Prophecy?  Fallacy?  20 years later--in 2010--you decide:
  •   for many people, water has indeed increased to $1,200 a year.
  •   the area has grown drastically; doubt that irrigation is still at 90% of use...maybe it's reversed!
  •   farms continue to fail, with farmers asking for government bail-outs
  •   a community such as Coldstream--with ~60% of its land in the ALR--and the accompanying perennial property tax subsidies can easily go broke when combined with this Council's inability to cut costs.  They've been on a hiring binge since last year, with no sign of abating.
  •   nine miles of creek still not fenced, contributing to contamination by cattle and wildlife
  •   off-road vehicles continue to damage creeks and sidehills despite signs to protect the land
  •   campers, boats, hunters and fishermen do not practice "no trace" visits to watershed areas
  •   grant to build new Duteau Creek facility comes from residents' taxes, whether we pay the water      authority or the government, grants are provided with our money.
  •  water standards have risen (chiefly a result of the Walkerton Ontario incident where people died)
So...are we accessing the watershed that Brian Harvey called Gold/Paradis?

In 20 years since Brian Harvey granted the interview, I've never heard of Gold/Paradis again.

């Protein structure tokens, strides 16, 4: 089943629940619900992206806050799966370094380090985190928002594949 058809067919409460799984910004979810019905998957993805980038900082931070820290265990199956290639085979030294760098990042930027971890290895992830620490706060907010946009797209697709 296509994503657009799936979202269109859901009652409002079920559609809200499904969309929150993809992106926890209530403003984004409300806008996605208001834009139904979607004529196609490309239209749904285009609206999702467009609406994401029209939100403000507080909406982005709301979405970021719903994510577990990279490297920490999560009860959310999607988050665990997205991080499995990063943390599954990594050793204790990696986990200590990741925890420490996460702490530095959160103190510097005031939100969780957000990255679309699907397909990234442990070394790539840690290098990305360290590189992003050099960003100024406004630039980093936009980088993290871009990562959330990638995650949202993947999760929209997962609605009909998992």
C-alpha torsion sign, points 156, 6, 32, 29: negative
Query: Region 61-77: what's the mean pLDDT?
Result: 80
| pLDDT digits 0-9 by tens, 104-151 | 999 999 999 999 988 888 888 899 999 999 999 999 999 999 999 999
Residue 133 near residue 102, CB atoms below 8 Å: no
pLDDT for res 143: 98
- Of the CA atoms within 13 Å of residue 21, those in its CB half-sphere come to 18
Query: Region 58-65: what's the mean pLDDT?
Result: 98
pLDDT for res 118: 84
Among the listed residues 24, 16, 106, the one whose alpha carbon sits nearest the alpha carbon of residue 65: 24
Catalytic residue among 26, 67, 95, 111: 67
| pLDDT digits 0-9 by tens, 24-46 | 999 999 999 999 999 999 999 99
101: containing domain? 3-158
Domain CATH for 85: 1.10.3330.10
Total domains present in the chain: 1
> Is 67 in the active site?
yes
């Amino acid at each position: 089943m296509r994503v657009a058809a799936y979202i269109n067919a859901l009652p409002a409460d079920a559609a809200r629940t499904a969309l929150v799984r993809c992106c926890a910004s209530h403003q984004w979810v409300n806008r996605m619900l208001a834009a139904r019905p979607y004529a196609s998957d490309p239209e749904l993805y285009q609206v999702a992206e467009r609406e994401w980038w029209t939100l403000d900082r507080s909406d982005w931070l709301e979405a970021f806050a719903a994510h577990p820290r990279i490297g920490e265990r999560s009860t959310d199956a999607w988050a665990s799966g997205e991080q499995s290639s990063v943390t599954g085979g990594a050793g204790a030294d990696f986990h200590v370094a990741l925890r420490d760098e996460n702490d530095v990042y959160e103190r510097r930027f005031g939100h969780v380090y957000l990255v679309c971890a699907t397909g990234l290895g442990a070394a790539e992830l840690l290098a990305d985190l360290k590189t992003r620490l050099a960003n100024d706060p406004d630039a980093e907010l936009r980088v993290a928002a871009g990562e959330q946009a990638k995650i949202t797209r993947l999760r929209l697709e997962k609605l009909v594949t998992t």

"Maybe they will once we complain of watering our plants with what's left in our toothbrush glass," offers Kia.

You were prophetic, Mr. Harvey.  But you should have left them some instructions when you retired!

Gold/Paradis  Gold/Paradis  Gold/Paradis  Gold/Paradis  Gold/Paradis   Gold/Paradis   Gold/Paradis

Sunday, March 7, 2010

Snowpack a Concern, admits Greater Vernon Water

March 1st readings indicate the snowpack on the Aberdeen Plateau -- the source for customers of the Duteau Creek system -- are 56 per cent of normal, announces the front page of The Morning Star today.

Al Cotsowrth, manager of Greater Vernon Water utility, admits "that's the lowest ever recorded in 41 years."

He adds "It's possible Stage 1 restrictions (odd-even watering days) could be skipped altogether."


Guess he hasn't yet seen his boss' website (text about halfway down the page) which announces immediate Stage TWO Water Restrictions.

While the faux-pas does indicate the left hand doesn't know what the right hand is up to, there's a bigger picture issue here.  But it's apparently lost on both officials.  It's the perennial problem of doing nothing about increasing water storage. 

My property is on a south slope that faces the ridge of elevated land called the Aberdeen Plateau and, during my 32-year residency, I often find myself glancing at the plateau with jealousy.  Why?  Because on the hottest and driest summer afternoons in the Coldstream Valley--when the wind exacerbates the sun's drying action on the land and all it contains--expanding black clouds are nearly always present atop the Aberdeen Plateau.